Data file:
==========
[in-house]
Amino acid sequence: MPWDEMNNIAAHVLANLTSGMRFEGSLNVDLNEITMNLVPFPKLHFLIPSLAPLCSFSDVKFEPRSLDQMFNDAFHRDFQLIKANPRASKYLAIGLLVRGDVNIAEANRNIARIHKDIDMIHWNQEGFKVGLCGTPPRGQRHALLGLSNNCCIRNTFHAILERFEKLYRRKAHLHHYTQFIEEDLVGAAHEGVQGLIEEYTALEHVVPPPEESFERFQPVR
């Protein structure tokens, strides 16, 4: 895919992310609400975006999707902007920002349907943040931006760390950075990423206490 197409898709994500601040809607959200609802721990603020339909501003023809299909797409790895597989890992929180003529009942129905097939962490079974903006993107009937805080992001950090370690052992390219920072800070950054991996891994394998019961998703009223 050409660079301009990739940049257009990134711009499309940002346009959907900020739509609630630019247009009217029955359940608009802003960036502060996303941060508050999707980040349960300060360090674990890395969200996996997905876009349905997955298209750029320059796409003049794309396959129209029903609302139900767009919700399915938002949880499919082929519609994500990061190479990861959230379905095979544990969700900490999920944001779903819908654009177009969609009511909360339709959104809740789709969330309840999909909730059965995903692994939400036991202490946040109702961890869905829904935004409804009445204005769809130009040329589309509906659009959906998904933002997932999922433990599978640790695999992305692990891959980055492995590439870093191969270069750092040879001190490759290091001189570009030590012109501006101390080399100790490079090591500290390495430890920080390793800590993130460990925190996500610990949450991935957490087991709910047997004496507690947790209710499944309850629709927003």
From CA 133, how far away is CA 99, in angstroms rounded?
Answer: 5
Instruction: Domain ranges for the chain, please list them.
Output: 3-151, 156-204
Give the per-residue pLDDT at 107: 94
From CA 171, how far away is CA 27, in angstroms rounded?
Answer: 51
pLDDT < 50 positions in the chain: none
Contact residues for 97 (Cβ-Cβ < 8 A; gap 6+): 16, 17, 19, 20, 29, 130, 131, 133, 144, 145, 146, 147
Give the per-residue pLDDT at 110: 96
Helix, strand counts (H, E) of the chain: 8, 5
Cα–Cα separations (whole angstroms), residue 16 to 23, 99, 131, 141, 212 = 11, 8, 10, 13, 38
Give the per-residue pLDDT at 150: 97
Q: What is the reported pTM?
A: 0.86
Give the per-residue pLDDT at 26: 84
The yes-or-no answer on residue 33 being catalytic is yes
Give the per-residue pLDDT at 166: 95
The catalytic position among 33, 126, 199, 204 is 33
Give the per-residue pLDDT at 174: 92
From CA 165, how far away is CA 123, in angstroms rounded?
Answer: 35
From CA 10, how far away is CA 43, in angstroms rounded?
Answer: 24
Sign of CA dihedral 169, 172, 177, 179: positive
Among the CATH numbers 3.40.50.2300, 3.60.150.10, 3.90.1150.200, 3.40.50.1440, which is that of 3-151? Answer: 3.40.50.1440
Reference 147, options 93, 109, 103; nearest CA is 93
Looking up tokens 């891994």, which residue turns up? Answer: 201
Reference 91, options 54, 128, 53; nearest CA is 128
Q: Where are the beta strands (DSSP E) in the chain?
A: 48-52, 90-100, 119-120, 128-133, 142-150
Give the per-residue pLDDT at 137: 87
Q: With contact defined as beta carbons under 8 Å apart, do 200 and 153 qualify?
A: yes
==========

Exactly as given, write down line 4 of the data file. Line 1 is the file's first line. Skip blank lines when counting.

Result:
From CA 133, how far away is CA 99, in angstroms rounded?